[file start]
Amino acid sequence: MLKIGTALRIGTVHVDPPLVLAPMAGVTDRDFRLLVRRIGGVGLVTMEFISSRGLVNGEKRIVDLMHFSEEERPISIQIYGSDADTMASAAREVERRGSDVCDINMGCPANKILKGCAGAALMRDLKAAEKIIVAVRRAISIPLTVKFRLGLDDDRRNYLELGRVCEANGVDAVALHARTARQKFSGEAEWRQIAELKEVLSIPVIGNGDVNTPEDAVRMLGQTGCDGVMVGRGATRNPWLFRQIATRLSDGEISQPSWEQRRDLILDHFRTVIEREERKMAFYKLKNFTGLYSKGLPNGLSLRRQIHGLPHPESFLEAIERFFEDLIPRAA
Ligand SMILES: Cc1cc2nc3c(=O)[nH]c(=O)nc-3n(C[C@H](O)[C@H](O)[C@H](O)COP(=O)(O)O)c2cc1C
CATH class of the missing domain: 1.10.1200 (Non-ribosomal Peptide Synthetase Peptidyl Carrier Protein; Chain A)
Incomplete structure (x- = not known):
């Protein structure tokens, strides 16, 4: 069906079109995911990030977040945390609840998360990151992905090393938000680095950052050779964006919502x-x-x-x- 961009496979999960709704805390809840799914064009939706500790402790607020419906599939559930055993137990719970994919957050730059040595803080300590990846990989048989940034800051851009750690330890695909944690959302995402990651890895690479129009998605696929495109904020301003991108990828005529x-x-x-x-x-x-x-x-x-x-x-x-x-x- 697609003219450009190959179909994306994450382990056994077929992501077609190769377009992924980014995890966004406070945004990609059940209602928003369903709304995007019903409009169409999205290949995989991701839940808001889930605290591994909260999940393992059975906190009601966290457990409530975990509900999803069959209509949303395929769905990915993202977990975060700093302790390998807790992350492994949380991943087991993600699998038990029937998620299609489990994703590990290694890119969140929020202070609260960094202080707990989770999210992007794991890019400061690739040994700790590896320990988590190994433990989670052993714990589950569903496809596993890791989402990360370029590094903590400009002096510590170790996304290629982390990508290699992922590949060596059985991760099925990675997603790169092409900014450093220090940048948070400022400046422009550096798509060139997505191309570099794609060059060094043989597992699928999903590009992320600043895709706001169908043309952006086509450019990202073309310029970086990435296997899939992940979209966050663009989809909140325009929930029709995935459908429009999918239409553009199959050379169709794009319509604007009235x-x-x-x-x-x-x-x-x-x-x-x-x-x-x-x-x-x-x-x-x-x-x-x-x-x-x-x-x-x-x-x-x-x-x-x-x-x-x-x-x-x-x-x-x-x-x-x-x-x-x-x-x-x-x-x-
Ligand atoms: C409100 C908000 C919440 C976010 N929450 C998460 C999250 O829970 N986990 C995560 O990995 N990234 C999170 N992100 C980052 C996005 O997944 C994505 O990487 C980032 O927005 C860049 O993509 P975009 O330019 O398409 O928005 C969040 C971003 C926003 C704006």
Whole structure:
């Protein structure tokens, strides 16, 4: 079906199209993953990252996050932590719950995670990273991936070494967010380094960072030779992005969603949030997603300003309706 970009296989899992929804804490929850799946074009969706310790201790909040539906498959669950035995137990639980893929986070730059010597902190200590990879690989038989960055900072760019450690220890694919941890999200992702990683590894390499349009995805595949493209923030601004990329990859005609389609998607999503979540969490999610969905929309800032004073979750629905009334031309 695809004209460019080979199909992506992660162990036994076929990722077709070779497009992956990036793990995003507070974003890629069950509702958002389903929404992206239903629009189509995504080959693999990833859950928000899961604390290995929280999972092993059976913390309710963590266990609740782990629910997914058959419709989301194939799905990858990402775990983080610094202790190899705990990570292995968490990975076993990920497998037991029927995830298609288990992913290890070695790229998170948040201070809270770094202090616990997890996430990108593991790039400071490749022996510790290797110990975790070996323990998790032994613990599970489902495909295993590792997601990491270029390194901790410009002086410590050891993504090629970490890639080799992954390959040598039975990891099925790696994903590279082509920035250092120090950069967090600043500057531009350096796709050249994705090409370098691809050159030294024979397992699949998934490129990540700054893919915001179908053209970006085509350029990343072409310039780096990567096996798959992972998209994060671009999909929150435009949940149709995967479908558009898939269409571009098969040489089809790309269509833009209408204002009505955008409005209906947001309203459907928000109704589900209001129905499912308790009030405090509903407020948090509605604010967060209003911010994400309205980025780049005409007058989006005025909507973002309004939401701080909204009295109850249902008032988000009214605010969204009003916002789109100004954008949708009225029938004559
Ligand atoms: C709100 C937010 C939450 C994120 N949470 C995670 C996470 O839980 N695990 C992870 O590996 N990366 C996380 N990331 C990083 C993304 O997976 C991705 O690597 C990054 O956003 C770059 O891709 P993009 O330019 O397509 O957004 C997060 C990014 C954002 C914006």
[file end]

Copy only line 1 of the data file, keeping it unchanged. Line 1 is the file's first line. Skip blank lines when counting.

Amino acid sequence: MLKIGTALRIGTVHVDPPLVLAPMAGVTDRDFRLLVRRIGGVGLVTMEFISSRGLVNGEKRIVDLMHFSEEERPISIQIYGSDADTMASAAREVERRGSDVCDINMGCPANKILKGCAGAALMRDLKAAEKIIVAVRRAISIPLTVKFRLGLDDDRRNYLELGRVCEANGVDAVALHARTARQKFSGEAEWRQIAELKEVLSIPVIGNGDVNTPEDAVRMLGQTGCDGVMVGRGATRNPWLFRQIATRLSDGEISQPSWEQRRDLILDHFRTVIEREERKMAFYKLKNFTGLYSKGLPNGLSLRRQIHGLPHPESFLEAIERFFEDLIPRAA